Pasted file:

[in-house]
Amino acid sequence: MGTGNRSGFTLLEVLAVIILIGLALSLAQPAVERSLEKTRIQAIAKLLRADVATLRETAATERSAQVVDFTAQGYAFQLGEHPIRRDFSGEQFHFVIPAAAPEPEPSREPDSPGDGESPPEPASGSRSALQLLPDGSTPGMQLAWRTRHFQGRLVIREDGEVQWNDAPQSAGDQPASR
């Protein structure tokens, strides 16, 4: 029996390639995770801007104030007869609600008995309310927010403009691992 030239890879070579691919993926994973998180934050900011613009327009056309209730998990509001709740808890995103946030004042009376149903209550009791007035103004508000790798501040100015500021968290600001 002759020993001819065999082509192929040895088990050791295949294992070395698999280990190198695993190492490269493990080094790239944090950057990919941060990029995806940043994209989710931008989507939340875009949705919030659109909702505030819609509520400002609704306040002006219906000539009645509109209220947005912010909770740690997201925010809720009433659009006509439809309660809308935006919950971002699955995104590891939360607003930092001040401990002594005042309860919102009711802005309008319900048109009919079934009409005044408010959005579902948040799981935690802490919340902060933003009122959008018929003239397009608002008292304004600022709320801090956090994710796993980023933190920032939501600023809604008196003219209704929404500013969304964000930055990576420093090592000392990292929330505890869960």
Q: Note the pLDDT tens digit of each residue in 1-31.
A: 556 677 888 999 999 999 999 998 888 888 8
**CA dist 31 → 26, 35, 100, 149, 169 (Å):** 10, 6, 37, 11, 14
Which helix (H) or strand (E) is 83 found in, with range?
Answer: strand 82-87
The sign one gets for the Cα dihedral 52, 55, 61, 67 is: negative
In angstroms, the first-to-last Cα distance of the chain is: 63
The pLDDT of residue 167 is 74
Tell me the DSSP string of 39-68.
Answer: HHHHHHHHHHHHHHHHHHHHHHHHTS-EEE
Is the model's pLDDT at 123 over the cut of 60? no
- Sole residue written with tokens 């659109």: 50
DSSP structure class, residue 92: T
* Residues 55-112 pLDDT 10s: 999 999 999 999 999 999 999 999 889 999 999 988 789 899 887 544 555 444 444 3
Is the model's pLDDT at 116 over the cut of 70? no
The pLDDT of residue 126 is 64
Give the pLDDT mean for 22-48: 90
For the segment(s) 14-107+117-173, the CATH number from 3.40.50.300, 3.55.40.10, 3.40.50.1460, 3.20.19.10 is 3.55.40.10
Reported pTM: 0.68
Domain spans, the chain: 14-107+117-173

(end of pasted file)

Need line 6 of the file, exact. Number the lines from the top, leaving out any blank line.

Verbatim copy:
**CA dist 31 → 26, 35, 100, 149, 169 (Å):** 10, 6, 37, 11, 14